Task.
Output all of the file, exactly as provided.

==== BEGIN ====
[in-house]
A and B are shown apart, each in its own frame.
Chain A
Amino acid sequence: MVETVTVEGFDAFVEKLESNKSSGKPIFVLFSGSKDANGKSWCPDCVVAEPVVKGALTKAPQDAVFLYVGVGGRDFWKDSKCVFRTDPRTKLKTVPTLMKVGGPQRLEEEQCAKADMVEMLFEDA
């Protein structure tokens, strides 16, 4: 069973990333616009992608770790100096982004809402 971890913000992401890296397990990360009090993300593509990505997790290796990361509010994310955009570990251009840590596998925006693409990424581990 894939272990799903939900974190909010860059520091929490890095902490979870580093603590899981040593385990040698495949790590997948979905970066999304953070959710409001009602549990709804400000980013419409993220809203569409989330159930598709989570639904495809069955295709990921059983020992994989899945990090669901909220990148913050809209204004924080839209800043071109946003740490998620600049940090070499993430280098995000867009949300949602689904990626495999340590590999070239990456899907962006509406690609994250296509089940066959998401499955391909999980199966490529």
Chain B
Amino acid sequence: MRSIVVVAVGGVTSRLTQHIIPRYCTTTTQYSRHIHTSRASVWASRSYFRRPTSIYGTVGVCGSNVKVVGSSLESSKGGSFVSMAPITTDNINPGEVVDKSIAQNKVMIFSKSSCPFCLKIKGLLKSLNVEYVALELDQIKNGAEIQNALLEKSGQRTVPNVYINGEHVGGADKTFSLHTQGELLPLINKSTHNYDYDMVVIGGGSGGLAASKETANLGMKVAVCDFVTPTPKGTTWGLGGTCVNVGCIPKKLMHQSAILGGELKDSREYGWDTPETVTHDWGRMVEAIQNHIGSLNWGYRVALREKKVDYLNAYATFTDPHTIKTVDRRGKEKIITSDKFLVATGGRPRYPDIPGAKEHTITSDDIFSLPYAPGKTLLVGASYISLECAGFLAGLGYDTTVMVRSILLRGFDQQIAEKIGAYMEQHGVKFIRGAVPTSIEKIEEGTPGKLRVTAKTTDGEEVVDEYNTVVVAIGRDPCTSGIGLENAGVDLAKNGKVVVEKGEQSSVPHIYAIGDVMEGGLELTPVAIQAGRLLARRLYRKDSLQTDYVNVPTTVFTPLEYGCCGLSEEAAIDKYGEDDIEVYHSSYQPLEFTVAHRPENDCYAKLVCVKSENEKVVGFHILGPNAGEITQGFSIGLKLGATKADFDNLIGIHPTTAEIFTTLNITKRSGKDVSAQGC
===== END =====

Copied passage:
[in-house]
A and B are shown apart, each in its own frame.
Chain A
Amino acid sequence: MVETVTVEGFDAFVEKLESNKSSGKPIFVLFSGSKDANGKSWCPDCVVAEPVVKGALTKAPQDAVFLYVGVGGRDFWKDSKCVFRTDPRTKLKTVPTLMKVGGPQRLEEEQCAKADMVEMLFEDA
């Protein structure tokens, strides 16, 4: 069973990333616009992608770790100096982004809402 971890913000992401890296397990990360009090993300593509990505997790290796990361509010994310955009570990251009840590596998925006693409990424581990 894939272990799903939900974190909010860059520091929490890095902490979870580093603590899981040593385990040698495949790590997948979905970066999304953070959710409001009602549990709804400000980013419409993220809203569409989330159930598709989570639904495809069955295709990921059983020992994989899945990090669901909220990148913050809209204004924080839209800043071109946003740490998620600049940090070499993430280098995000867009949300949602689904990626495999340590590999070239990456899907962006509406690609994250296509089940066959998401499955391909999980199966490529």
Chain B
Amino acid sequence: MRSIVVVAVGGVTSRLTQHIIPRYCTTTTQYSRHIHTSRASVWASRSYFRRPTSIYGTVGVCGSNVKVVGSSLESSKGGSFVSMAPITTDNINPGEVVDKSIAQNKVMIFSKSSCPFCLKIKGLLKSLNVEYVALELDQIKNGAEIQNALLEKSGQRTVPNVYINGEHVGGADKTFSLHTQGELLPLINKSTHNYDYDMVVIGGGSGGLAASKETANLGMKVAVCDFVTPTPKGTTWGLGGTCVNVGCIPKKLMHQSAILGGELKDSREYGWDTPETVTHDWGRMVEAIQNHIGSLNWGYRVALREKKVDYLNAYATFTDPHTIKTVDRRGKEKIITSDKFLVATGGRPRYPDIPGAKEHTITSDDIFSLPYAPGKTLLVGASYISLECAGFLAGLGYDTTVMVRSILLRGFDQQIAEKIGAYMEQHGVKFIRGAVPTSIEKIEEGTPGKLRVTAKTTDGEEVVDEYNTVVVAIGRDPCTSGIGLENAGVDLAKNGKVVVEKGEQSSVPHIYAIGDVMEGGLELTPVAIQAGRLLARRLYRKDSLQTDYVNVPTTVFTPLEYGCCGLSEEAAIDKYGEDDIEVYHSSYQPLEFTVAHRPENDCYAKLVCVKSENEKVVGFHILGPNAGEITQGFSIGLKLGATKADFDNLIGIHPTTAEIFTTLNITKRSGKDVSAQGC